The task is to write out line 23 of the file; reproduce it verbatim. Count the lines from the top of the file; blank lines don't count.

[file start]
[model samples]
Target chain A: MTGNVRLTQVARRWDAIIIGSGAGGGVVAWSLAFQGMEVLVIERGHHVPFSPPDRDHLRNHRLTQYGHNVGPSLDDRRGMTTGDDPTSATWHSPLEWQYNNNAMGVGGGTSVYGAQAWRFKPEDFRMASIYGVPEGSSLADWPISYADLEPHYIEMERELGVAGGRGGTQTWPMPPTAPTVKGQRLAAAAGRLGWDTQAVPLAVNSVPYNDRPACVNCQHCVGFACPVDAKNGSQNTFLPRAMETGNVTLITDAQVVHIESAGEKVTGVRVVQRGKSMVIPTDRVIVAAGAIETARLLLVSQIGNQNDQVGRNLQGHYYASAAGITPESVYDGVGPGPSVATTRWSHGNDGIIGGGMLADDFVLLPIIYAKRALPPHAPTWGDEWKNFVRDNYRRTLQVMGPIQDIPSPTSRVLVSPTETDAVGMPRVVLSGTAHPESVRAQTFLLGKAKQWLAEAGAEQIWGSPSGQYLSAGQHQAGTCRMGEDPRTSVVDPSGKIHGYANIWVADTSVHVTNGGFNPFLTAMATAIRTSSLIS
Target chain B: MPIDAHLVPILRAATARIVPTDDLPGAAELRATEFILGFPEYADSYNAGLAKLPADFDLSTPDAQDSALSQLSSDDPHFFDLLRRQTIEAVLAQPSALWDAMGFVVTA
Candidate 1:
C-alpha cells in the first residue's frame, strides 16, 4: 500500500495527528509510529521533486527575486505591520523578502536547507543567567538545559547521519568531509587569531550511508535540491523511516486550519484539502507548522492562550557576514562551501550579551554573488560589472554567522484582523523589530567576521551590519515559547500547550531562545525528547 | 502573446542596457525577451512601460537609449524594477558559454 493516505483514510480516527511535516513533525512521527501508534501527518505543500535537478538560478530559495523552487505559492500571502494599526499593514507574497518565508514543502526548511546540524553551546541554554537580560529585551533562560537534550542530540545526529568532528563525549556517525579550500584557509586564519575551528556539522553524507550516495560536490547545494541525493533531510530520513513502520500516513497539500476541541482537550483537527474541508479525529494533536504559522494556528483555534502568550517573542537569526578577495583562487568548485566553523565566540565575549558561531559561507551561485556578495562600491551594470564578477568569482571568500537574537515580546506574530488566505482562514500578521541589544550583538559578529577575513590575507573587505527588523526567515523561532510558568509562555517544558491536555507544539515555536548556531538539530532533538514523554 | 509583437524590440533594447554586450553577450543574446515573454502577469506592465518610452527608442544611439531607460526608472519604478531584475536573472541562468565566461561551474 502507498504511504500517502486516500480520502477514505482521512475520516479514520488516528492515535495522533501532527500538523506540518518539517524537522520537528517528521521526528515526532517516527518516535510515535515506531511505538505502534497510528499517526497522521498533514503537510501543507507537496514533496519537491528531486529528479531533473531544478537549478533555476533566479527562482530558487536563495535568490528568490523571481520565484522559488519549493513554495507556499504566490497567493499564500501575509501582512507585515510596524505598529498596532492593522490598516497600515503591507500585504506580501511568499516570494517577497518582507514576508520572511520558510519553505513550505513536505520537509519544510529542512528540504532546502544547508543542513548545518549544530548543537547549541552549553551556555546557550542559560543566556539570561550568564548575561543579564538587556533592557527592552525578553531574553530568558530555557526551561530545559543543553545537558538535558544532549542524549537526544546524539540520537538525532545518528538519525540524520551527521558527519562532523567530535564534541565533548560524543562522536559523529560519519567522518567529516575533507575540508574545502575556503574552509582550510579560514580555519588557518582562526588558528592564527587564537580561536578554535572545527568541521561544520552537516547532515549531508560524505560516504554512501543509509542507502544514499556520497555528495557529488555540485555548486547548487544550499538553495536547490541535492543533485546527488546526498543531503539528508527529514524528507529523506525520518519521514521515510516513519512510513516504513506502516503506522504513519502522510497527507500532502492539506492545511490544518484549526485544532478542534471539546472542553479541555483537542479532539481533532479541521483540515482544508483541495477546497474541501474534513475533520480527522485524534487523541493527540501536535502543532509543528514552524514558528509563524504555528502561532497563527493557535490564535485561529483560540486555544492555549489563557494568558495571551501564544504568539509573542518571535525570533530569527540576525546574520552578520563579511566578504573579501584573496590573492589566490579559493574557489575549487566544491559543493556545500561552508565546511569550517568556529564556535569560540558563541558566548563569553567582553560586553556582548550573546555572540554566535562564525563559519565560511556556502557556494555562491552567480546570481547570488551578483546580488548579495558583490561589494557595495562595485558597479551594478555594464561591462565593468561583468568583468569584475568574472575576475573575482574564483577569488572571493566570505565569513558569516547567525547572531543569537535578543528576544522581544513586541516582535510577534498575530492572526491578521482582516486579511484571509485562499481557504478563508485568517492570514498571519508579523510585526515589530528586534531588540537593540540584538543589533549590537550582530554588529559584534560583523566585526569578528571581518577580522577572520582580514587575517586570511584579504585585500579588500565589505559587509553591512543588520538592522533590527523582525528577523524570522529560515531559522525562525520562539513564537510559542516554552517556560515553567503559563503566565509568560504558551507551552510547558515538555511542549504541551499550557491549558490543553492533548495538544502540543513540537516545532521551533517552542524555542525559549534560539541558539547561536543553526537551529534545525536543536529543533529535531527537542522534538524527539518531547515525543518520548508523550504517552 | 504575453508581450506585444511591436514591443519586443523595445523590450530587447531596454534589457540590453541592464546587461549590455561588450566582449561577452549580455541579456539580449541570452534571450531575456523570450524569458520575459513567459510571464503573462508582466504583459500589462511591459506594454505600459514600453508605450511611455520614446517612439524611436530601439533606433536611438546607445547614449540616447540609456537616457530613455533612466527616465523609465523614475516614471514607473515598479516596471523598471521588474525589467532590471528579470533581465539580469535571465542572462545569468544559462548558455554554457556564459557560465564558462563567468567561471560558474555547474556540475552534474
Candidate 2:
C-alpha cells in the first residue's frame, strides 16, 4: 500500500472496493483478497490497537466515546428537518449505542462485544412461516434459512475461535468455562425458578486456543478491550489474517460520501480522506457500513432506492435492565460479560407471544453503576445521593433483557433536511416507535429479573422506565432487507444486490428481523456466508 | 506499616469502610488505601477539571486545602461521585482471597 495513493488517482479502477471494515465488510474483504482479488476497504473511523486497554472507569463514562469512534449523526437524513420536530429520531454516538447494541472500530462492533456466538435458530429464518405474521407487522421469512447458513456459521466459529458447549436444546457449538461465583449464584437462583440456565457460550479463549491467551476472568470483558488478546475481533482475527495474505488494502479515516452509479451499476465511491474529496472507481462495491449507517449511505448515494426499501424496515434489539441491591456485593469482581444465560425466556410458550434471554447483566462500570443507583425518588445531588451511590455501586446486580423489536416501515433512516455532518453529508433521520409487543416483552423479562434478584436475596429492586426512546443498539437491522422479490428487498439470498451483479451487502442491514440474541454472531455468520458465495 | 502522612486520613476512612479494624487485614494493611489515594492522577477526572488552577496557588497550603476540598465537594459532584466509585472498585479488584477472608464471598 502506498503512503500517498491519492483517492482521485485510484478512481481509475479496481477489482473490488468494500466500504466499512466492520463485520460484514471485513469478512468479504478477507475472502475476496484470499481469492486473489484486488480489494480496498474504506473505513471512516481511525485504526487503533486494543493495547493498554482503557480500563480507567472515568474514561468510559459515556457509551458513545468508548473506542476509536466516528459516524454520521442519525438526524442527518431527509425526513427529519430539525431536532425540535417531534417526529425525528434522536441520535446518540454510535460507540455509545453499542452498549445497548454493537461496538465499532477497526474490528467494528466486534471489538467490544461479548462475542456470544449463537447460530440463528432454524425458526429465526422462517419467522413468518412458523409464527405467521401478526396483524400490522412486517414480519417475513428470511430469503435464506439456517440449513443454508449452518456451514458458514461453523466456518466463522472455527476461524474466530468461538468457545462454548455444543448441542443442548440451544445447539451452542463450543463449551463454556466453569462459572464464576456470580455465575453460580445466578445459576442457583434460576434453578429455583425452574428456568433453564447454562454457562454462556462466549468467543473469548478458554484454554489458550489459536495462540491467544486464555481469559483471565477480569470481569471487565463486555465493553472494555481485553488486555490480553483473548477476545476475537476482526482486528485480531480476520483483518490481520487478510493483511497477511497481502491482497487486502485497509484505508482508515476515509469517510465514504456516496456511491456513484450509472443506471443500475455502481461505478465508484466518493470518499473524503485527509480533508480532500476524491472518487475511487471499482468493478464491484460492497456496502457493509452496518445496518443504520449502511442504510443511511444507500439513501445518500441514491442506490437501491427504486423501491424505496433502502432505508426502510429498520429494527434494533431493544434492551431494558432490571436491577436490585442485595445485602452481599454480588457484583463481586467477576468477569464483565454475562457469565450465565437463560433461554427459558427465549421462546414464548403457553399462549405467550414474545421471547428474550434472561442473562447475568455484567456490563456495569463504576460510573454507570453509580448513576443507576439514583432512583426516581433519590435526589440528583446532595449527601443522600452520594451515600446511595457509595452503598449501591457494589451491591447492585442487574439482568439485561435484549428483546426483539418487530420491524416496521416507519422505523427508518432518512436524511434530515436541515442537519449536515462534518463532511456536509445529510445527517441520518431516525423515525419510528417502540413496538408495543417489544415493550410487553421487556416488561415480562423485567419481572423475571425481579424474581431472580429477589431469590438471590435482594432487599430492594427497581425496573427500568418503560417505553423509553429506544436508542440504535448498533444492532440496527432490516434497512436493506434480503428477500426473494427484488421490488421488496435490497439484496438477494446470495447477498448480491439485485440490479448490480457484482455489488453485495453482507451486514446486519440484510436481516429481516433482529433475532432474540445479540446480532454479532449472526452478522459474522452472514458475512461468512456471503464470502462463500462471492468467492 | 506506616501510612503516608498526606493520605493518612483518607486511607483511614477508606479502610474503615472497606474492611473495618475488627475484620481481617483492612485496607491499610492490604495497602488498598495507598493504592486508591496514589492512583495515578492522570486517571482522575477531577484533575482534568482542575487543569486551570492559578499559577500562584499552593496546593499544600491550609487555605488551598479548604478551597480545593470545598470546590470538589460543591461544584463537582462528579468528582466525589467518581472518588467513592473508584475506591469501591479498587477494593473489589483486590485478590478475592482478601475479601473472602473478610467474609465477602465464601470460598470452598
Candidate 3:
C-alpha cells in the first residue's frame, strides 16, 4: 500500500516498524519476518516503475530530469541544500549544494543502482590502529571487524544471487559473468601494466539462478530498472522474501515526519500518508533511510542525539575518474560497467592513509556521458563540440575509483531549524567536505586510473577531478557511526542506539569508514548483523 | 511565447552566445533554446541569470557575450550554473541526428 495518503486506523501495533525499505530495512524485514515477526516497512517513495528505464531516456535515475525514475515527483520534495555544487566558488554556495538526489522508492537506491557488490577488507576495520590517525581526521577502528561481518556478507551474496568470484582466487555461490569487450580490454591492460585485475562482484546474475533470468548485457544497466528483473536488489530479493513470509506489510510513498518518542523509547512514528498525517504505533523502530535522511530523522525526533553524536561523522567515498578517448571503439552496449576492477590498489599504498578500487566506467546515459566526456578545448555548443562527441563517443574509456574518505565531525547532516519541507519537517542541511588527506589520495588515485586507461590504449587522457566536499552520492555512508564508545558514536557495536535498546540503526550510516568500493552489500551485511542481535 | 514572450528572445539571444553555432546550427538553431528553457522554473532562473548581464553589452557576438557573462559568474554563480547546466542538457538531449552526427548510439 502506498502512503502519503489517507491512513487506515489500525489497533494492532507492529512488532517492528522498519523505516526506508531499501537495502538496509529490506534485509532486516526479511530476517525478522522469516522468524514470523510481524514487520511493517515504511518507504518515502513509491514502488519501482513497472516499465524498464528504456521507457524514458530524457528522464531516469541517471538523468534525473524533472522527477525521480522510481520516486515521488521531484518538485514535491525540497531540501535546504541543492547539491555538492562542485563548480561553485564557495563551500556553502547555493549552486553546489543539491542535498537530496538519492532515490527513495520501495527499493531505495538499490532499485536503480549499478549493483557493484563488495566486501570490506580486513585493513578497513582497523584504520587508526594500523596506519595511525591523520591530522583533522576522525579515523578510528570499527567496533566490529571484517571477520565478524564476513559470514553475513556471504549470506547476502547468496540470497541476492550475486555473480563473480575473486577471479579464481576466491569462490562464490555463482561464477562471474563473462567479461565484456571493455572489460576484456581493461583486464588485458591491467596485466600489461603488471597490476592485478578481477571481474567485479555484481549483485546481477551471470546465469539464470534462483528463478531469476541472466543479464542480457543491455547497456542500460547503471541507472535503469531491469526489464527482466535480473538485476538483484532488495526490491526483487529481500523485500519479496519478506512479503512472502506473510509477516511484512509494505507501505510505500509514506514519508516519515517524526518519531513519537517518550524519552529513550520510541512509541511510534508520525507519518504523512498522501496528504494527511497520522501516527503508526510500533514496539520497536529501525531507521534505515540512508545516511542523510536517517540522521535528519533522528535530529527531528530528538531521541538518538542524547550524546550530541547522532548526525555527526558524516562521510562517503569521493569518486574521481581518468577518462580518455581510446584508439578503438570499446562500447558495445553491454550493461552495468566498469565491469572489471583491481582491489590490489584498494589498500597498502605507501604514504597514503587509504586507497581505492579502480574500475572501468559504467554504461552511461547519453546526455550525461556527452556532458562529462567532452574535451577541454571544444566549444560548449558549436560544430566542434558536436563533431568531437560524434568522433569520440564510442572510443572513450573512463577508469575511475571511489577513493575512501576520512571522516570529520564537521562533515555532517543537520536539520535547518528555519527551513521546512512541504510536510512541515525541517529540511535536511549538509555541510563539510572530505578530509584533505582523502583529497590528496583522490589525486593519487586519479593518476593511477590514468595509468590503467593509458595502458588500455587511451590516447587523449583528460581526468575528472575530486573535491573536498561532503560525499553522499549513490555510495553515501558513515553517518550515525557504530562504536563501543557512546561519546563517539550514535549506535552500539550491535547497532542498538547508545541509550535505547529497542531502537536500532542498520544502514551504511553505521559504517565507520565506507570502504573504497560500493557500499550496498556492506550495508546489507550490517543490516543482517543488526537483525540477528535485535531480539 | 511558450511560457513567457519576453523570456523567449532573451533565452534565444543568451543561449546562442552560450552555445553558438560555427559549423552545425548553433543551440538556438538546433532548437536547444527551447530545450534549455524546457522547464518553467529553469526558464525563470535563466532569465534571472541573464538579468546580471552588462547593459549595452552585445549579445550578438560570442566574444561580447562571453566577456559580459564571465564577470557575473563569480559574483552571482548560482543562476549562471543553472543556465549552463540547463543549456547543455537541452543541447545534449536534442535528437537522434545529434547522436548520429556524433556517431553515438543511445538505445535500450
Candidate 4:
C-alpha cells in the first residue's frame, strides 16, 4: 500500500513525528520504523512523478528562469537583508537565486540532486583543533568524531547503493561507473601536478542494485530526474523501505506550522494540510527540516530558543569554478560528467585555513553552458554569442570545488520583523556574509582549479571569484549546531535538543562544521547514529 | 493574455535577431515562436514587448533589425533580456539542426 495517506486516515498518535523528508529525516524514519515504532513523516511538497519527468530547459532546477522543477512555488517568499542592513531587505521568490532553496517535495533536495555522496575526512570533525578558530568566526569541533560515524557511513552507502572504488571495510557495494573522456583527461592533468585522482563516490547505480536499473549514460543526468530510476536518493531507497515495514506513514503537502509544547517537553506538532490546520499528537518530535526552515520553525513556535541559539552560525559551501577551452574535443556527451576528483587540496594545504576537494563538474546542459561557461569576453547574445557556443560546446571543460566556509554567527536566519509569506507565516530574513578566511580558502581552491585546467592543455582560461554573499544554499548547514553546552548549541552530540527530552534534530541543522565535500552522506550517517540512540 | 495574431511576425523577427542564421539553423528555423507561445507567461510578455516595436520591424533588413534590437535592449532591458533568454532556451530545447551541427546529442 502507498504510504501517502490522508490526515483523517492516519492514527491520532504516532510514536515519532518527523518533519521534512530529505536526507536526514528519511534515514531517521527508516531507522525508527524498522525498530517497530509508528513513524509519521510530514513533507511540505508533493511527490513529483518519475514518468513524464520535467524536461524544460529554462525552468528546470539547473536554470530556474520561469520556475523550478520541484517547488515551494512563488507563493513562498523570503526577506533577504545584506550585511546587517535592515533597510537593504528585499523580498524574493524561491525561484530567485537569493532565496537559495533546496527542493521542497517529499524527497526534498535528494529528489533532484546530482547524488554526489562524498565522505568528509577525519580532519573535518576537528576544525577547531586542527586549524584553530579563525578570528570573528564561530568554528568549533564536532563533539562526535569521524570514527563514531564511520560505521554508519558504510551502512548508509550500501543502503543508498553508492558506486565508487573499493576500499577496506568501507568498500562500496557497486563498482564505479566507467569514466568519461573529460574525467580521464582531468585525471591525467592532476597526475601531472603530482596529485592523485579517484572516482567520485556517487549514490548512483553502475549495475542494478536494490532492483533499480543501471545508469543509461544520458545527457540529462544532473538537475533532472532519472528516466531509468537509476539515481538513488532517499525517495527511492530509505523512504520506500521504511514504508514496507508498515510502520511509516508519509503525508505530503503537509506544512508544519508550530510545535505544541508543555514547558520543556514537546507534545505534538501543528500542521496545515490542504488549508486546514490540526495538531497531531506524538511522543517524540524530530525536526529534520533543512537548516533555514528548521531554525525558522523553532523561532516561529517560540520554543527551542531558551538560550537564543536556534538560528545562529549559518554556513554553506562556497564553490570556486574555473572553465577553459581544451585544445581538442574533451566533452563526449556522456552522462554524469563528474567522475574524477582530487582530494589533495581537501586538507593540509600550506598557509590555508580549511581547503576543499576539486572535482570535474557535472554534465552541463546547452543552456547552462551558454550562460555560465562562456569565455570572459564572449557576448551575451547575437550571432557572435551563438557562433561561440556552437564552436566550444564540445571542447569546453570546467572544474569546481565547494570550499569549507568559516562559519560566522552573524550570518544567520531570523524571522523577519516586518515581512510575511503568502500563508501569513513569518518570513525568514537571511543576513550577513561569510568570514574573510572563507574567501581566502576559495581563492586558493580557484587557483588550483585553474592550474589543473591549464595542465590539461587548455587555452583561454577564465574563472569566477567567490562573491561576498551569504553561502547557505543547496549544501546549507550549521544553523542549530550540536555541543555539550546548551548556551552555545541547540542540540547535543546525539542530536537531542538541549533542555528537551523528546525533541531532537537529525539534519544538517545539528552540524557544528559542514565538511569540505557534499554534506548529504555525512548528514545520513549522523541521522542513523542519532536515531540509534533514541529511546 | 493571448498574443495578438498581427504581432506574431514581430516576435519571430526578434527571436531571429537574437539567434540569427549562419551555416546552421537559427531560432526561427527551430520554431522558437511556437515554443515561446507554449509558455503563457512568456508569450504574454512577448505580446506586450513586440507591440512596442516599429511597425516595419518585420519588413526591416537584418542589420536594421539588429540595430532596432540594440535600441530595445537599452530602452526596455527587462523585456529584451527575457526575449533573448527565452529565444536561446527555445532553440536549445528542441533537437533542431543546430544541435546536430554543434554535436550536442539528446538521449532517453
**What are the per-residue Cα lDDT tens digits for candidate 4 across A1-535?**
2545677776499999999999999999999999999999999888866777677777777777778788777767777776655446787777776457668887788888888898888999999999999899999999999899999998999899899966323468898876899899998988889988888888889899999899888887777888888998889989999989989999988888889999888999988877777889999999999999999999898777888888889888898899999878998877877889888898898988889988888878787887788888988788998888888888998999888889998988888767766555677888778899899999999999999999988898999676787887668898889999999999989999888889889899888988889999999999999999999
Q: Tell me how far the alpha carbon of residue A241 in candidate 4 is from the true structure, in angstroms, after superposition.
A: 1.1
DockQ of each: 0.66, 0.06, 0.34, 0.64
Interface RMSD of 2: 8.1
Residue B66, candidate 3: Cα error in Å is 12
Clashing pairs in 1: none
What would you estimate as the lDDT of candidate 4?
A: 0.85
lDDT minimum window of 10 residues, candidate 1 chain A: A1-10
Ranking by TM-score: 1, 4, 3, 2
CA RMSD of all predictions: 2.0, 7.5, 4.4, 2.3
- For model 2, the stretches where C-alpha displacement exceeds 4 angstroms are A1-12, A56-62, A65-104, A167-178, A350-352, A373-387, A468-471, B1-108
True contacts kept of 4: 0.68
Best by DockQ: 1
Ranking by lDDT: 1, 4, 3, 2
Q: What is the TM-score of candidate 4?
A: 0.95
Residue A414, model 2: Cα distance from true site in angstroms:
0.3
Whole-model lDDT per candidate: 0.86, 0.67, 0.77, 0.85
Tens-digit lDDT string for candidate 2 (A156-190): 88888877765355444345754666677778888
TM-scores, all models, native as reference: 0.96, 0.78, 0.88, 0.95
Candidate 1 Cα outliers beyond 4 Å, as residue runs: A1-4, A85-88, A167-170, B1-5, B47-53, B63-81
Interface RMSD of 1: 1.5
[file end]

Ranking by TM-score: 1, 4, 3, 2